|copyright||See Copyright and License.|
|index terms||pair: virtual mapping; design|
.intro: This the design of the VM interface. The VM interface provides a simple, low-level, operating-system independent interface to address-space. Each call to VMCreate() reserves (from the operating-system) a single contiguous range of addresses, and returns a VMStruct thereafter used to manage this address-space. The VM interface has separate implementations for each platform that supports it (at least conceptually, in practice some of them may be the same). The VM module provides a mechanism to reserve large (relative to the amount of RAM) amounts of address space, and functions to map (back with RAM) and unmap portions of this address space.
.motivation: The VM is used by the VM Arena Class. It provides the basic substrate to provide sparse address maps. Sparse address maps have at least two uses: to encode information into the address of an object which is used in tracing (the Zone Test) to speed things up; to avoid fragmentation at the segment level and above (since the amount of address space reserved is large compared to the RAM, the hope is that there will also be enough address space somewhere to fit any particular segment in).
.def.reserve: The "reserve" operation: Exclusively reserve a portion of the virtual address space without arranging RAM or backing store for the virtual addresses. The intention is that no other component in the process will make use of the reserved virtual addresses, but in practice this may entail assuming a certain amount of cooperation. When reserving address space, the requester simply asks for a particular size, not a particular range of virtual addresses. Accessing (read/write/execute) reserved addresses is illegal unless those addresses have been mapped.
.def.map: The "map" operation: Arrange that a specified portion of the virtual address space is mapped from the swap, effectively allocating RAM and/or swap space for a particular range of addresses. If successful, accessing the addresses is now legal. Only reserved addresses should be mapped.
.def.unmap: The "unmap" operation: The inverse of the map operation. Arrange that a specified portion of the virtual address space is no longer mapped, effectively freeing up the RAM and swap space that was in use. Accessing the addresses is now illegal. The addresses return to the reserved state.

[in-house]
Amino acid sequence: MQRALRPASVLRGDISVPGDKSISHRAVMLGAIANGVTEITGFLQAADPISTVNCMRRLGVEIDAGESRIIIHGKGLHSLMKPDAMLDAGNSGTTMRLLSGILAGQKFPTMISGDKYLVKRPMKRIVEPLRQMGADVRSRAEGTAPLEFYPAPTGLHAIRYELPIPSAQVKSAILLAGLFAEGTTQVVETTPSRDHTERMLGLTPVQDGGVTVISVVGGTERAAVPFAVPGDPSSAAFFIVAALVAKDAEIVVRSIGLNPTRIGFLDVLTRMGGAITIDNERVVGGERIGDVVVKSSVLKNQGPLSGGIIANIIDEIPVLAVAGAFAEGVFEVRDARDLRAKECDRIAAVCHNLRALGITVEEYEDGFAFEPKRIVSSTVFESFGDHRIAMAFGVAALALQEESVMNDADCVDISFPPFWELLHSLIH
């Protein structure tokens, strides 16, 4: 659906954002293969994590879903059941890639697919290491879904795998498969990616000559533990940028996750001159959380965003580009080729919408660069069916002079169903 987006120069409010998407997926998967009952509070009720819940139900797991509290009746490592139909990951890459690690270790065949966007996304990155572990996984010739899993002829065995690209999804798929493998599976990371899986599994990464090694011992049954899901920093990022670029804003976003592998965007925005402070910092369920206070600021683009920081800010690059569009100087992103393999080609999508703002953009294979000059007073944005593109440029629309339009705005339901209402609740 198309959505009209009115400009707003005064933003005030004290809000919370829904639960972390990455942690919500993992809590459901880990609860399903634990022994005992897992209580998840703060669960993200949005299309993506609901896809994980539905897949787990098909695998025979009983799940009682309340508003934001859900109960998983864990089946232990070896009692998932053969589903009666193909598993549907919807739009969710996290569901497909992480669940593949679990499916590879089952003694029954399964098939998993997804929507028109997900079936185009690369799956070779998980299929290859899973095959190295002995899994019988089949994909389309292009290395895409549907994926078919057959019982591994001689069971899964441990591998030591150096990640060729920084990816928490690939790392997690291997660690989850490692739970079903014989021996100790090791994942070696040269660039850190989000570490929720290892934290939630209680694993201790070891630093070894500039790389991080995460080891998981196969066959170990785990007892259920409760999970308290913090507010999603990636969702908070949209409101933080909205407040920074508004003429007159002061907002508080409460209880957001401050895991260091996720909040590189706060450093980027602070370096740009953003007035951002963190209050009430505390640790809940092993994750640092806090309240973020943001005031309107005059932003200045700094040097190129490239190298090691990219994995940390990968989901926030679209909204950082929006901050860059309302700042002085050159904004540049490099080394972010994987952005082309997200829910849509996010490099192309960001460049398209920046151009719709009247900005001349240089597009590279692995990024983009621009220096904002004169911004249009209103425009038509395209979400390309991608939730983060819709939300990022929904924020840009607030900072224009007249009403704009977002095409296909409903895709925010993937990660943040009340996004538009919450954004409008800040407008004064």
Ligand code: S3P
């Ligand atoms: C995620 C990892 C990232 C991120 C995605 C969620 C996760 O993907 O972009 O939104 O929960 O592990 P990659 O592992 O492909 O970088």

.def.vm: "VM" stands for Virtual Memory. Various meanings: A processor architecture's virtual space and structure; The generic idea / interface / implementation of the MPS VM module; The C structure (struct VMStruct) used to encapsulate the functionality of the MPS VM module; An instance of such a structure.
.def.vm.mps: In the MPS, a "VM" is a VMStruct, providing access to the single contiguous range of address-space that was reserved (from the operating-system) when VMCreate() was called.
Res VMCreate(VM *VMReturn, Size size)
.if.create: VMCreate() is responsible both for allocating a VMStruct and for reserving an amount of virtual address space. A VM is created and a pointer to it is returned in the return parameter VMReturn. This VM has at least size bytes of virtual memory reserved. If there's not enough space to allocate the VM, ResMEMORY is returned. If there's not enough address space to reserve a block of the given size, ResRESOURCE is returned. The reserved virtual memory can be mapped and unmapped using VMMap() and VMUnmap().
void VMDestroy(VM vm)
.if.destroy: A VM is destroyed by calling VMDestroy(). Any address space that was mapped through this VM is unmapped.
Lots of interfaces are missing here.
.testing: It is important to test that a VM implementation will work in extreme cases.
.testing.large: It must be able to reserve a large address space. Clients will want multi-GB spaces, more than that OSs will allow. If they ask for too much, mps_arena_create() (and hence VMCreate()) must fail in a predictable way.
.testing.larger: It must be possible to allocate in a large space; sometimes commiting will fail, because there's not enough space to replace the "reserve" mapping. See request.epcore.160201 for details.
.testing.lots: It must be possible to have lots of mappings. The OS must either combine adjacent mappings or have lots of space in the kernel tables. See request.epcore.160117 for ideas on how to test this.
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